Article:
Tax breaks burden poor

May 2, 2011 | Economic Opportunity Institute

From the Spokane Spokesman-Review:

Washington state is fast on its way to becoming the Evergreen gated community, with starkly different futures for the haves and have-nots. It’s time to tell our elected officials to set a better course.

Our state is at a defining crossroads. Funding for vital public services such as kindergarten, class-size reductions, colleges and universities, toxic cleanups, hospitals and Basic Health have all been slashed and now face even deeper cuts.

Washington state already slashed $5 billion from essential public services in the past two years – and then another $750 million on top of that, because of higher-than-expected revenue shortfalls – and lawmakers are considering another $5 billion in reductions over the next two years.

The basic elements that define Washington – our world-class research facilities, our beautiful environment, our caring communities, our smarter-than-average work force – are all at stake.

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Comments

  1. Winslow P. Kelpfroth says:

    aside from the confused allusions in this opinion piece (to the best of my knowledge, the State of Washington doesn’t grant tax breaks to ‘Wall Street’) I agree that tax breaks should be reviewed; a sunset provision should be written into all such breaks. The one that grates on me right now is the federal tax credit for blending biodiesel. See IRS Form 8864. A $1.00 refundable tax credit for each gallon of corn oil blended into 4 gallons of petroleum diesel. My cousin’s company is making a killing off of this scam; blend a million gallons of B100 with 4 million gallons of petrodiesel to make 5 million gallons of B20, collect the tax credit, then ship it to Europe where the price of diesel is higher than it is here.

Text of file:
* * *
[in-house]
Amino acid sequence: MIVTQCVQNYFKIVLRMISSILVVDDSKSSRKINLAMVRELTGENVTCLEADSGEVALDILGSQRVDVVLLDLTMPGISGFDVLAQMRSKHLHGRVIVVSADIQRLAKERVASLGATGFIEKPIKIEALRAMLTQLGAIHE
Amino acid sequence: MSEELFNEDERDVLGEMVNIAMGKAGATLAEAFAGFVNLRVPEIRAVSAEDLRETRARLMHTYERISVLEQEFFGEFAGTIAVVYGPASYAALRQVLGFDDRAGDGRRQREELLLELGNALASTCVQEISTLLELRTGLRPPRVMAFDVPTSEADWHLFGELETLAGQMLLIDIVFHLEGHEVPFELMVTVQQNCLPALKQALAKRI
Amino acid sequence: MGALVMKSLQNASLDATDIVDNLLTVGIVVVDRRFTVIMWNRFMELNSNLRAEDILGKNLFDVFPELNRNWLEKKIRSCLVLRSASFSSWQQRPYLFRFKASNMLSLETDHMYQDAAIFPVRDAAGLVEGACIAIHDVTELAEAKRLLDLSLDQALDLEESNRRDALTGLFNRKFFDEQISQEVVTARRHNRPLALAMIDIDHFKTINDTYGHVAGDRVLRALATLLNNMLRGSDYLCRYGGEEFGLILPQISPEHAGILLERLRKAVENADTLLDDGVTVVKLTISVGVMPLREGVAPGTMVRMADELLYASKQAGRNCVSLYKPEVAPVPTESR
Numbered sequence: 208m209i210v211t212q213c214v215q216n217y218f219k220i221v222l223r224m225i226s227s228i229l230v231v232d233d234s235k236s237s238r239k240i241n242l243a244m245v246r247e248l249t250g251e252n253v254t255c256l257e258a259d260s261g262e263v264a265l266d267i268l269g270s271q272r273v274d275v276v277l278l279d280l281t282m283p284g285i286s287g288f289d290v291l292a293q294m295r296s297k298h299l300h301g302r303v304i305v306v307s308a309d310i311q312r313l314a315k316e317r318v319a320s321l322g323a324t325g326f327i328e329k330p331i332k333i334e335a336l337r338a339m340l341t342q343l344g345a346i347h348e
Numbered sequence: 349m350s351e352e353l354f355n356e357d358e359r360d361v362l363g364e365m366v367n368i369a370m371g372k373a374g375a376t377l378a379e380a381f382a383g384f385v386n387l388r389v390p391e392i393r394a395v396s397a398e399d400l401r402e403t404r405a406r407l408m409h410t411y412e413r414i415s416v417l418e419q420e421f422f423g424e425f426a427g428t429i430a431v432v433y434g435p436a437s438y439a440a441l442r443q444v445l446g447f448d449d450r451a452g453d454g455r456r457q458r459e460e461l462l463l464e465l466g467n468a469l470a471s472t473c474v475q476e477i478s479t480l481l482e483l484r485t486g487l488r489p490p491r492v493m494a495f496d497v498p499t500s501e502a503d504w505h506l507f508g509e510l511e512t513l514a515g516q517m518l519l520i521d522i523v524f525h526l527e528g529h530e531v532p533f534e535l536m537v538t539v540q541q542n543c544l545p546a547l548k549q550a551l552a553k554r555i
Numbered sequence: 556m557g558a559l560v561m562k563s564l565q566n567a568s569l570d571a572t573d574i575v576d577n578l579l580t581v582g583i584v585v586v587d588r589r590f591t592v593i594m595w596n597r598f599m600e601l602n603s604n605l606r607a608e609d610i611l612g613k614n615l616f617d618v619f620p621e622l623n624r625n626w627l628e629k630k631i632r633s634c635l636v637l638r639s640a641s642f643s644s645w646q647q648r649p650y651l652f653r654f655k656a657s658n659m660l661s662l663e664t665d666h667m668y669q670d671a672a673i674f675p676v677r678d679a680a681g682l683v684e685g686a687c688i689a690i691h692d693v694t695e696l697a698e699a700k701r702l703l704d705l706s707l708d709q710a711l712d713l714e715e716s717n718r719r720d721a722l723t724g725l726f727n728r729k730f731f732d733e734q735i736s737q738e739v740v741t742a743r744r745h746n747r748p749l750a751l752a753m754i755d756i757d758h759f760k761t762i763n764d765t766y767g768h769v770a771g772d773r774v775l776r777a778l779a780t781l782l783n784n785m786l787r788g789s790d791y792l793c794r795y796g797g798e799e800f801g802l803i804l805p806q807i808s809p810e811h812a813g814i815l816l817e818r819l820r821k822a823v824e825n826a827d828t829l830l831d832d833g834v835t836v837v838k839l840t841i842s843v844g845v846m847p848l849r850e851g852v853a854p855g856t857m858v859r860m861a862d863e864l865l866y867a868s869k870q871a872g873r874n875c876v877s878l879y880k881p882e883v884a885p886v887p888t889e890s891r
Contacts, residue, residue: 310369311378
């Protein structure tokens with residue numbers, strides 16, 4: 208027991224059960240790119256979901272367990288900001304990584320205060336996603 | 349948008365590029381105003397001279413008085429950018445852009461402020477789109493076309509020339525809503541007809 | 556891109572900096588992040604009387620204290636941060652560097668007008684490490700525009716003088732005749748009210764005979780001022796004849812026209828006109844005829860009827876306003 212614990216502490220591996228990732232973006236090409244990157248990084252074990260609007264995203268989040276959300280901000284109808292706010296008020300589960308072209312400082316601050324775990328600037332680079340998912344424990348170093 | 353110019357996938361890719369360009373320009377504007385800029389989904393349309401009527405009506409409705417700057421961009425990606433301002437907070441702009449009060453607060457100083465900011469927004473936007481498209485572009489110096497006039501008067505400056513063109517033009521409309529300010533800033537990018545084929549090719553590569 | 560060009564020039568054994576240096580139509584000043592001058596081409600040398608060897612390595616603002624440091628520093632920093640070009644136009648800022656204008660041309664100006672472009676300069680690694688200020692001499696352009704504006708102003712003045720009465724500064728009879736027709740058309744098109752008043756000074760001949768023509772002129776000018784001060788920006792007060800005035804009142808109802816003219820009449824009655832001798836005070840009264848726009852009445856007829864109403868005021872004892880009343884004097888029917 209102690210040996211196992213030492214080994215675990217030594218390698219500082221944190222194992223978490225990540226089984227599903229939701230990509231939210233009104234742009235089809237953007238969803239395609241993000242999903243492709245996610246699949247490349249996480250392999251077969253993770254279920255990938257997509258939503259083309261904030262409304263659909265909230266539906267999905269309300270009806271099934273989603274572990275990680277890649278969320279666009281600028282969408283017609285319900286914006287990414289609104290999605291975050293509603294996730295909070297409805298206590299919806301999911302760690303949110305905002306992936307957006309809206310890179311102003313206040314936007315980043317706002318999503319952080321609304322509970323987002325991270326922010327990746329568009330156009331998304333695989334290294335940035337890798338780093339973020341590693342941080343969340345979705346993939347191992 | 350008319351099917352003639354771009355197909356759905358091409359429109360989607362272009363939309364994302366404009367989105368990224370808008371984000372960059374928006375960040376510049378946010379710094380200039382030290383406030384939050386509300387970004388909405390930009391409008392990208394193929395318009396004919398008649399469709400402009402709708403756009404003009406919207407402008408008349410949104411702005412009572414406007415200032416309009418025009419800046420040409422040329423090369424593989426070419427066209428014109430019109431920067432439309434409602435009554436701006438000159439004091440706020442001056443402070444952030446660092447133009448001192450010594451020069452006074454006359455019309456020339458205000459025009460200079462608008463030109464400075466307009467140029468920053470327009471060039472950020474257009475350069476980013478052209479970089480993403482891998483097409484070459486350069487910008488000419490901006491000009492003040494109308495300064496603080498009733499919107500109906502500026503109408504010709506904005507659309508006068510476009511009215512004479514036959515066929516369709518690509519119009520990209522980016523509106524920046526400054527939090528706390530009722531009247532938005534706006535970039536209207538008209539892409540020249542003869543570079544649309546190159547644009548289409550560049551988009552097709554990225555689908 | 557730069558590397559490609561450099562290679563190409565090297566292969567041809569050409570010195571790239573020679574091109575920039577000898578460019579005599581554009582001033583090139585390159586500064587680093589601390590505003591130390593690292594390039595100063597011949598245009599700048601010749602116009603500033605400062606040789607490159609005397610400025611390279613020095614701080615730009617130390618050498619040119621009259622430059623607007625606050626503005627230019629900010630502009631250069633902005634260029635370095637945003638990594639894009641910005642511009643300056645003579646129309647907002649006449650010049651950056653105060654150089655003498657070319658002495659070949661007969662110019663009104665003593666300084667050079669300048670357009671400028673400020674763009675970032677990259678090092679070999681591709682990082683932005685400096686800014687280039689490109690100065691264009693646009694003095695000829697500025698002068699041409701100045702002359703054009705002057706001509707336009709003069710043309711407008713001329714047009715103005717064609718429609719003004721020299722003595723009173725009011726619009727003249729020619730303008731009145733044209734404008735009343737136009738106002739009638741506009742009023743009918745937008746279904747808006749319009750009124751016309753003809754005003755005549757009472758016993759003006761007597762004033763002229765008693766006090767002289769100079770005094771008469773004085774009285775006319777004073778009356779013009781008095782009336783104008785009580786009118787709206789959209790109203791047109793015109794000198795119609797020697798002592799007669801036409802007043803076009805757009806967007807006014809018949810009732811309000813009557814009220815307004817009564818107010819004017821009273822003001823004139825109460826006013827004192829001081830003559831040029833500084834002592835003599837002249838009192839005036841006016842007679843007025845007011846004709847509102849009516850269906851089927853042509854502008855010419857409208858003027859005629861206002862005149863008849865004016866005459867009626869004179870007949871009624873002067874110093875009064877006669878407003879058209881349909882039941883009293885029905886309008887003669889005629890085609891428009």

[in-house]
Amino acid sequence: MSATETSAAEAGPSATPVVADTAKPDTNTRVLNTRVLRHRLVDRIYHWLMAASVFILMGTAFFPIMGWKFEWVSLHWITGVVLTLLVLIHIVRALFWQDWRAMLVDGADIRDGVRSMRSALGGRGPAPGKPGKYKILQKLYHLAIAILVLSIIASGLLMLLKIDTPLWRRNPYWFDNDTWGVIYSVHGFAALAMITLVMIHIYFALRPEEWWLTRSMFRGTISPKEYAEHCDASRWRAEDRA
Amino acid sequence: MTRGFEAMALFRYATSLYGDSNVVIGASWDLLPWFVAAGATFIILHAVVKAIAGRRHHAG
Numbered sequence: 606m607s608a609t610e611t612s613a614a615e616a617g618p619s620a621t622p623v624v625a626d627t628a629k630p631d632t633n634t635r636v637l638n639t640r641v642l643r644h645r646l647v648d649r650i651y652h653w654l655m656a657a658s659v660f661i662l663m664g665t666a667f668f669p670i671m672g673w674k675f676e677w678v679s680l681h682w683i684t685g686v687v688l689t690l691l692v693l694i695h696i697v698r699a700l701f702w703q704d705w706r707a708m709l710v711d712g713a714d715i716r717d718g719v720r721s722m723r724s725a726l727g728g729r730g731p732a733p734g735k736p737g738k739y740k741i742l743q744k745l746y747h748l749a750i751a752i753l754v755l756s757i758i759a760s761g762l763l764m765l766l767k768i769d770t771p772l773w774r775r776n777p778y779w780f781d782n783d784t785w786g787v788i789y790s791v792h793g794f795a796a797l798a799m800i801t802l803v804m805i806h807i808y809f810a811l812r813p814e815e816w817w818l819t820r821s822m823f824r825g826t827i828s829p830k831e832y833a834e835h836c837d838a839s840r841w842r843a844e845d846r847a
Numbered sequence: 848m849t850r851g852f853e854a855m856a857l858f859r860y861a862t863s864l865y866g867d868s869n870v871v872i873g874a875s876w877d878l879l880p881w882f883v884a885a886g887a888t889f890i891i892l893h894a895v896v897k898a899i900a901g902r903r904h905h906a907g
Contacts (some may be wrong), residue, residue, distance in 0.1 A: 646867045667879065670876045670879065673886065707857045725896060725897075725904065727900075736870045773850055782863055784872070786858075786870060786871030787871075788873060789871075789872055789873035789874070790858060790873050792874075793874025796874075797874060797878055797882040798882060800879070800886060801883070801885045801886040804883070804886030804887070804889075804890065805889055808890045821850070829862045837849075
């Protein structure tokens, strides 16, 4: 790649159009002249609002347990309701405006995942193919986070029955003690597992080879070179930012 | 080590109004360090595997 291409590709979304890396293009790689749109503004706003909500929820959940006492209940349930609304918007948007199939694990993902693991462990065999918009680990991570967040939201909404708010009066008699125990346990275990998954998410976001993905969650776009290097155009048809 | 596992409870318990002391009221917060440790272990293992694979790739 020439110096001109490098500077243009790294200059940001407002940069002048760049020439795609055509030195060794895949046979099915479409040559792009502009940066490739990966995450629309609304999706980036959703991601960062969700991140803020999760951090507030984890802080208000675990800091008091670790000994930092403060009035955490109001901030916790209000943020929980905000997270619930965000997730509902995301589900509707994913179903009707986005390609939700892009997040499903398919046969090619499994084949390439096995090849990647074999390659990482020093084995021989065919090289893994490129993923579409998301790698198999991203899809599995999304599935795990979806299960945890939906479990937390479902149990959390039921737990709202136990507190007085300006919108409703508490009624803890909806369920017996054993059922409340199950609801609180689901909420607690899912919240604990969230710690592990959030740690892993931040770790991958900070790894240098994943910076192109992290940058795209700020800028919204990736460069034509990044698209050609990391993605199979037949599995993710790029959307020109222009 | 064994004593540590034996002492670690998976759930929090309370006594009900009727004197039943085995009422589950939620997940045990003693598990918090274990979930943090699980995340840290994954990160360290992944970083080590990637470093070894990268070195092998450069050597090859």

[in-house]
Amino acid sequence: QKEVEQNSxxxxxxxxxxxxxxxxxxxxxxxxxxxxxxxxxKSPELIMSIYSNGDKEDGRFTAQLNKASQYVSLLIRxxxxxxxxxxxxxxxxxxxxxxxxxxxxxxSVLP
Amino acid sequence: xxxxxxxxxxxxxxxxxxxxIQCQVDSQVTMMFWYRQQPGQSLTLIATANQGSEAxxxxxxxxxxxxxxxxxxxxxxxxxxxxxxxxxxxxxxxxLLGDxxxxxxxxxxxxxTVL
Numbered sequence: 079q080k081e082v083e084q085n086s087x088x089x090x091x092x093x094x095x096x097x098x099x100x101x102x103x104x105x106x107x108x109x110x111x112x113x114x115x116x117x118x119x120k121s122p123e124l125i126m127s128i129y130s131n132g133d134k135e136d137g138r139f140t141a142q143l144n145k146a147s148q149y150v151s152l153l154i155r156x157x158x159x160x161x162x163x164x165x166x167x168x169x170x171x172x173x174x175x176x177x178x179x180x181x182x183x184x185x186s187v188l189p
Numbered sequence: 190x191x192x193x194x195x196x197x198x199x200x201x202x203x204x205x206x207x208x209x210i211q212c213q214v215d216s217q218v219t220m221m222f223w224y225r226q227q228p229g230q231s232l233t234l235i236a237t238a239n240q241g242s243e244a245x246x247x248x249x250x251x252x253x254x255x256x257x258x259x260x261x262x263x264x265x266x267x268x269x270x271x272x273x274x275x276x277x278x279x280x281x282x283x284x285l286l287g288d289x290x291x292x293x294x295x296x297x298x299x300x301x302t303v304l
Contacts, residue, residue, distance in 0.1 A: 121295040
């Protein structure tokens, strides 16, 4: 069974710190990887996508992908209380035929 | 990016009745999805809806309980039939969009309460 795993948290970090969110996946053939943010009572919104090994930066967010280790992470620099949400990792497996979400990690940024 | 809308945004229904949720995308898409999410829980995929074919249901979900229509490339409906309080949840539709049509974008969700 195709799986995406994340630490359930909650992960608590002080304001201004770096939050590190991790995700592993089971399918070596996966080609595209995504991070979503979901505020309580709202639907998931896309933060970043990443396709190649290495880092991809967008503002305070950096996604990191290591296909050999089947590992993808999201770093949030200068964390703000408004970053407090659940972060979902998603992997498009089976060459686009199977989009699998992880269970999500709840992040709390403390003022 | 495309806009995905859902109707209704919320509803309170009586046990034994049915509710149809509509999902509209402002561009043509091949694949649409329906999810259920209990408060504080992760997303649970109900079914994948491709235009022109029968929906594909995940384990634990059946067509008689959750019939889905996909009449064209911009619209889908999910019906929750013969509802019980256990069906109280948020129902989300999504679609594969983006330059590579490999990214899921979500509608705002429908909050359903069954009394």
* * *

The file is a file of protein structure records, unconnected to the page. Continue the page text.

And to think that Pres. Obama last February signed the bill extending this outrage for another five years. Incredible.

    • Alex Stone says:

      Winslow,

      The author was referring to a tax break that is taken advantage of by Wall Street banks, which allows them to deduct the interest on first home mortgages from their taxes – amounting to about $200 million per budget cycle. There is no evidence that these savings are passed along to consumers in Washington state.

      Also, we agree that tax breaks should include sunset provisions. Of the 500+ Washington state tax exemptions, some were written as early as the 1930s, and offer no economic benefit.

    • Thanks for your comment Winslow, but please keep your comments to the point of the original post, which in this case are tax breaks here in Washington state, not the “other Washington”. Thanks very much, ~Aaron Keating, Moderator

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